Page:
Classical Modernisation

Akriti Kakar

You seem to have hit the right notes with almost every song sung by you from 2004 until today. Still, it took so much time for you to get recognition. What do you think was the reason behind it? 
I don’t think I ever had a benchmark that I had to cross to call myself recognised. When I entered this profession, I just wanted to sing to my heart’s content. I just wanted to work with the best people in the business and the ones that I looked up to. My journey has filled me with gratitude because I’ve got the opportunity to work with the most generous and talented people in the fraternity. So, whether it took time for me to get my recognition or not, I don’t think about that at all. I’ve not gotten type casted yet and that’s a big achievement. I believe my music is my calling card. 

You are often seen reviving old music tracks for your YouTube channel. Does your soul connect more with the classics or do you believe that today’s music does not have that essence? 
The practise of reviving old classics whether they are film tracks or folk songs, comes from a nostalgic chord in my heart. That fire also got fanned because of my audiences constantly requesting songs from that tangent. I started a series called “You choose I sing” across my social media, and I got many requests. I choose the ones close to my heart and bring them out through organically produced music and simplistic videos on my YouTube channel. The response that those tracks have got has been unreal. Every track crossed millions of views without any paid promotion. Just the power of music and word of mouth. 

You have sung in languages such as Hindi, Punjabi, and Bengali. How similar or different do you find the transposition in terms of accent, vibe, and rhythm? 
I’ve sung in Hindi, English, and many regional languages including but not limiting to Marathi, Gujarati, Sinhalese, Telugu, Punjabi, and more. It’s basically understanding the emotion in the lyrics and then focusing on the dialect. I pay special attention to getting it right. All my composers have worked very hard with me to make sure no one hearing the song ever says, “Oh this is a Punjabi girl singing in another language that she doesn’t know.”

Your sisters Sukriti and Prakriti are also popular names in Bollywood now. They are often seen performing as a duo, but we have never witnessed the trio. Any particular reason? Is it going to happen anytime soon?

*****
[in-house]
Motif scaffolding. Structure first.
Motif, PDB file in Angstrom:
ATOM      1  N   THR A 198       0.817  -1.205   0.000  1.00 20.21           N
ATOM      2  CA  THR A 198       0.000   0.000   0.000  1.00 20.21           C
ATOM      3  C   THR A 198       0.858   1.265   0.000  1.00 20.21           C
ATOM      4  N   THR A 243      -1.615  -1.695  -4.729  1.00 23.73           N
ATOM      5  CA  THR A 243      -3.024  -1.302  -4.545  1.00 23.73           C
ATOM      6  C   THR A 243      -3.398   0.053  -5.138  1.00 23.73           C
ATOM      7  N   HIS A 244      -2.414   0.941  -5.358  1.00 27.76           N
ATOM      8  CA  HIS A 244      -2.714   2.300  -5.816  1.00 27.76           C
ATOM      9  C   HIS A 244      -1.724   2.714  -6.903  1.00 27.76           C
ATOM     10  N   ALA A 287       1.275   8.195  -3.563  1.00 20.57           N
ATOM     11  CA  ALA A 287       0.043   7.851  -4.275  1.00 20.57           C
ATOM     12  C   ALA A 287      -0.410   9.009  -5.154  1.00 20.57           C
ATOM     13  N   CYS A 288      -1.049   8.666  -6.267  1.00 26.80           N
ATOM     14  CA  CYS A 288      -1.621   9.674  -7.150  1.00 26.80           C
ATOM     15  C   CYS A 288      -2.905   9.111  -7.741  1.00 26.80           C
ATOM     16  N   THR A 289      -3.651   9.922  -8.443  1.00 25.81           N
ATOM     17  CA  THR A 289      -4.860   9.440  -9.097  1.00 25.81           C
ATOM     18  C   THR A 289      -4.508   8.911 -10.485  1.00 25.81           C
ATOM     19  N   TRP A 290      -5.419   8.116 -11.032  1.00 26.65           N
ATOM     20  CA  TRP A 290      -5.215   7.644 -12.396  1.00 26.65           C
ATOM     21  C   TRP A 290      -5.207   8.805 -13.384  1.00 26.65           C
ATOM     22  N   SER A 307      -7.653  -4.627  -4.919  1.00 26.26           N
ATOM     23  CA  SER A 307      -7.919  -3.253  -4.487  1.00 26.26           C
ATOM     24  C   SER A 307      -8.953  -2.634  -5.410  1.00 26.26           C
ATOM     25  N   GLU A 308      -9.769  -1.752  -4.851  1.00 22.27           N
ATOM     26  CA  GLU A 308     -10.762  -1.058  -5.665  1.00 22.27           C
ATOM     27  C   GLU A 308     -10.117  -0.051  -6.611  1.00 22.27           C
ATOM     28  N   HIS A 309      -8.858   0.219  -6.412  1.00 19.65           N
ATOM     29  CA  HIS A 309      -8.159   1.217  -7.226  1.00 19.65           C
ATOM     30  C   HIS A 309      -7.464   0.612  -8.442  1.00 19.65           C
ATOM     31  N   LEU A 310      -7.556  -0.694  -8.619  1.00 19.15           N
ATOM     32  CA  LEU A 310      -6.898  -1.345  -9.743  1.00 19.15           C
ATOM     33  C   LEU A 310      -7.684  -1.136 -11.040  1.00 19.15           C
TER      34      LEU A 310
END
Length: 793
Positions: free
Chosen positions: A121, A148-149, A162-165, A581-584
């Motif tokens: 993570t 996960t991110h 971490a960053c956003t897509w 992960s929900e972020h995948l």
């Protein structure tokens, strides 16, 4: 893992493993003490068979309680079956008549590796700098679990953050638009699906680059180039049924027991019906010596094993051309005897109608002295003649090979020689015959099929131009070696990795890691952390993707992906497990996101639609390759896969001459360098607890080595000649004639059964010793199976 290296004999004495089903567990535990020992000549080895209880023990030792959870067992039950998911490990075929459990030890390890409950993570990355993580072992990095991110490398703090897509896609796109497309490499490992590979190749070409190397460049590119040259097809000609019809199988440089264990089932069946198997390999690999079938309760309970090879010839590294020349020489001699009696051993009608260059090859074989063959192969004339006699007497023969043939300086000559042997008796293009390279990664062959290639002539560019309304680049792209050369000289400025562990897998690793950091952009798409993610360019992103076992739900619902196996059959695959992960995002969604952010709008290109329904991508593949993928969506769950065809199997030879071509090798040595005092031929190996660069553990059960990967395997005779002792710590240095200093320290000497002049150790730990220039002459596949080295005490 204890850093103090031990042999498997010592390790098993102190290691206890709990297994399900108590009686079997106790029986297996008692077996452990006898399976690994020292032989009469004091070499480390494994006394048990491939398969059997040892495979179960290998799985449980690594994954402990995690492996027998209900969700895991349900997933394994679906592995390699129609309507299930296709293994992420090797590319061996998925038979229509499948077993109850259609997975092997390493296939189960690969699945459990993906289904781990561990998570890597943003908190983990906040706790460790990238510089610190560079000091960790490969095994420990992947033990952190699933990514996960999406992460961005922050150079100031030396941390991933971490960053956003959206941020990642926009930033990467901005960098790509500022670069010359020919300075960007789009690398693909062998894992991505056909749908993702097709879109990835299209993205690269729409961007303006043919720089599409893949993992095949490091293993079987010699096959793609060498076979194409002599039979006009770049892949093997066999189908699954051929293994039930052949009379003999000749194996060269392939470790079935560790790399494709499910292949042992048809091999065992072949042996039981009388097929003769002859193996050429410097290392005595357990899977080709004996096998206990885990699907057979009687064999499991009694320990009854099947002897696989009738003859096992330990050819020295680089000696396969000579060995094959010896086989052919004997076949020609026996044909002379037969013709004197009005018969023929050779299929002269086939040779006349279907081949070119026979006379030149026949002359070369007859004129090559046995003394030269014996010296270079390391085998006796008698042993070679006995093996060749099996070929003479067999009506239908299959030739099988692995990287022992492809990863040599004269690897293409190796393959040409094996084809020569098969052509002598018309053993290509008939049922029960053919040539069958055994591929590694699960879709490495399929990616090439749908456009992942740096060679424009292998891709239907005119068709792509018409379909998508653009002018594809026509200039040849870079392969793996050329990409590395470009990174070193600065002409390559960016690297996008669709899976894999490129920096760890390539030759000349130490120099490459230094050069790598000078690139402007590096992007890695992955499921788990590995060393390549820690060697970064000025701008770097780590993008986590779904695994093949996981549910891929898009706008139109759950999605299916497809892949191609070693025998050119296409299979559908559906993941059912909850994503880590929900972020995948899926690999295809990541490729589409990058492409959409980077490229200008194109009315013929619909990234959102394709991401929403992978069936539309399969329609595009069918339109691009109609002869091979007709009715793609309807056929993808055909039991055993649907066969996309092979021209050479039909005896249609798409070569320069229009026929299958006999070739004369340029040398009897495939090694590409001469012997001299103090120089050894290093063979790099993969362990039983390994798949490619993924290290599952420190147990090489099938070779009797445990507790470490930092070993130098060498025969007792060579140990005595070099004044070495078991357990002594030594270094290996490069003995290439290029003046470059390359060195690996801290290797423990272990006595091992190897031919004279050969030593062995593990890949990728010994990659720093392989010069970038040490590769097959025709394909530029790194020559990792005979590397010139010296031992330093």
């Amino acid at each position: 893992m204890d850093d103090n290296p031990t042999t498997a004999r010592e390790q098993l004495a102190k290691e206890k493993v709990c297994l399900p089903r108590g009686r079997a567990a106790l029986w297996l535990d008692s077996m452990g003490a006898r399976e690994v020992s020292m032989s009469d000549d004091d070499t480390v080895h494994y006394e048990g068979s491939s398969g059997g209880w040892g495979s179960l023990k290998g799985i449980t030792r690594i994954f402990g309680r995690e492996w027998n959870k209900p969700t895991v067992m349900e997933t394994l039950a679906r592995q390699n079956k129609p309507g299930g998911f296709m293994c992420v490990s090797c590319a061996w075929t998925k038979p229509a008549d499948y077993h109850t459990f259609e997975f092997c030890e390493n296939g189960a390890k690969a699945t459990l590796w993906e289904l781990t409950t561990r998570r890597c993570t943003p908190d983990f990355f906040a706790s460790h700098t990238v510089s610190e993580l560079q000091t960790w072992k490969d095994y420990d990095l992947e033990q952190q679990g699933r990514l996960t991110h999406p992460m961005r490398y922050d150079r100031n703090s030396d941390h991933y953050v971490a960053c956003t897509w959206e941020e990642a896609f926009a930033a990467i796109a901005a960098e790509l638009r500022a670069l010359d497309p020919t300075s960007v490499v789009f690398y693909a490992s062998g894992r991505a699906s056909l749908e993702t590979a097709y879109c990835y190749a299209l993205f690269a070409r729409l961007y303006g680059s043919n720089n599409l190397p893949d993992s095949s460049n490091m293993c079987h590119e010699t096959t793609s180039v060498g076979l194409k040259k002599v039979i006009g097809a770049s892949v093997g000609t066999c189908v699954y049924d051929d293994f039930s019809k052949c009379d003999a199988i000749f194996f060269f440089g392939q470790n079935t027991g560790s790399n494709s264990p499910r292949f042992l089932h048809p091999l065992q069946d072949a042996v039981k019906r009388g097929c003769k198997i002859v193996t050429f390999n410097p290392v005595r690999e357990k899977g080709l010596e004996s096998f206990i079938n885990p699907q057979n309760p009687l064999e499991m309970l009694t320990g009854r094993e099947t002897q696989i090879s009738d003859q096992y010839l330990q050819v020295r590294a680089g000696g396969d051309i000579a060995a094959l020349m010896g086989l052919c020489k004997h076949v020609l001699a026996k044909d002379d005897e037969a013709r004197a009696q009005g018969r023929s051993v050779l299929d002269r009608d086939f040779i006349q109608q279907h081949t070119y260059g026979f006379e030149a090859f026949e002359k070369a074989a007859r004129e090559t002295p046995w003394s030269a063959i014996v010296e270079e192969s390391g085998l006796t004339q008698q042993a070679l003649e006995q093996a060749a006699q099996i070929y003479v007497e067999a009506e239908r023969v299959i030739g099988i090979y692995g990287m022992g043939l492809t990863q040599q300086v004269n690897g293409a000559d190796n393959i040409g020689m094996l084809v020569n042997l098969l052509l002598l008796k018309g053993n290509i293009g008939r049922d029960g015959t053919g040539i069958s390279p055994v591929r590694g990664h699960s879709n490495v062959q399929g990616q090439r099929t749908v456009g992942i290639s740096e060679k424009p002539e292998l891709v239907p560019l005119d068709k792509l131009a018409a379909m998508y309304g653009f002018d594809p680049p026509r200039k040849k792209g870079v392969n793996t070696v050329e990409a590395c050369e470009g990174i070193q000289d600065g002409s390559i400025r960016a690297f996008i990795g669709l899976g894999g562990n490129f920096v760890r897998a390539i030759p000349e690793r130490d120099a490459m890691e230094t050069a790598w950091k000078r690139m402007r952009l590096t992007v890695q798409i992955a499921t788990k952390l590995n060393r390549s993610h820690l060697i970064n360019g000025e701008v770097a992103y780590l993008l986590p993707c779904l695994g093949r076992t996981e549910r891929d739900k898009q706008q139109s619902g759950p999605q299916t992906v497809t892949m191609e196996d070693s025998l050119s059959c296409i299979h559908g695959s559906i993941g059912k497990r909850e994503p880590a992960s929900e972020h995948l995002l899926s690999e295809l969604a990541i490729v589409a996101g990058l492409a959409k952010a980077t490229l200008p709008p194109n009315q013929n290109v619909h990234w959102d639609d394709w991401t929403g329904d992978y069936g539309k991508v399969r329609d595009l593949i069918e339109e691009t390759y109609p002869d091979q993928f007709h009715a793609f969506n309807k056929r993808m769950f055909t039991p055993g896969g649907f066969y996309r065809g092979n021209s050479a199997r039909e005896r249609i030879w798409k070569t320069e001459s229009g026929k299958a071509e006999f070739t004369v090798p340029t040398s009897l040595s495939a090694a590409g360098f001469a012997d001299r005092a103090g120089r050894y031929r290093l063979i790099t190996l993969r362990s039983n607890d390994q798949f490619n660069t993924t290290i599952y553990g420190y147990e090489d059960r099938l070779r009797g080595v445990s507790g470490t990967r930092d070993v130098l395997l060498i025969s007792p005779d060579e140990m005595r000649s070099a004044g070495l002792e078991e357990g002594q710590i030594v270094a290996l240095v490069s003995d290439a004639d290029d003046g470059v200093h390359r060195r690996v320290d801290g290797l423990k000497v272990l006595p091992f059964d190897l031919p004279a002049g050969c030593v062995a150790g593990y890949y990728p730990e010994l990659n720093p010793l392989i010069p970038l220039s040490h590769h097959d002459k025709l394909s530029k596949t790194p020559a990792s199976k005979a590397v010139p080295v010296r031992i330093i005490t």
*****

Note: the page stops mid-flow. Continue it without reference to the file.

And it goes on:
My sisters and I have done numerous performances together. We keep it exclusive and don’t expose that act everywhere. To name a few, we played at the Melbourne Film Festival, Gaana Music Festival, Stree Shakti Awards, and many more. We believe in giving a completely different experience to the audience every time we play together. We have some big plans lined up that you’ll know more about in the coming months.

These days, there is a new wave of talented artists in the industry in terms of music, acting, screenplay and more. Do you feel the competition coming your way? How do you manage it? 
As far as the competition that’s cropping up around all of us these days is concerned, I’m someone who is hopelessly optimistic, and I feel I only want to be better than my own previous performance. If I perform a song today, the next time I sing it, it has to be better than the last time. That’s my only competition. I would rather look up to all the bigger talents in our industry, who have been sitting undisplaced for so many years. There is so much to learn from them. We have got to keep supporting each other and show the way. One should turn the insecurity into the fire of the belly that makes them work harder. 

If you hadn’t become a musician, what would you be doing right now?
If I wasn’t a musician I don’t know what I’d really be doing. Honestly, I never really gave it a thought. Even if I didn’t crack playback singing, I was sure I’d probably be back in Delhi teaching music or something. No other profession for sure. 

What is the best song you’ve ever released and why? 
Best song? I don’t know about that. A few of them are really close to my heart and I believe that’s what matters the most. 

Do you think you could get any better as a musician? If so, how would you achieve that? 
My guruji from whom I learnt music in Delhi said that, no one is perfect when it comes to music. He says that he is still learning at the age of 75, and I was10 at that time. Clearly there’s an ocean of music out there and I’m just a drop.

Any art calls for inspiration. Who is your role model and why? 
For me, it is my mother. She is the woman who fought to learn music and take it up as a profession, when it wasn’t looked upon as a career choice, especially in a normal middle class family. She bought her own tanpura from her scholarship money, and I use it even now. Apart from her, Lata Ji and Asha Ji have been a constant inspiration, as well as an encyclopaedia of music that I’ve heard on repeat. I have tried to emulate them, and notice the bareekiyaan in their art from the time I was five years old. They’re truly impeccable. 

If you could have your fans remember one thing about you, what would it be?
I don’t like to call them fans, I call them fam. If they have to remember anything about me, it should be what they keep telling me all the time on social media. They say my voice tells them the kind of person that I am, and how positive, real, relatable, and inspiring I am for them. They can hear it in my voice when I sing. They provide the fuel for all that I do and I am grateful for them.

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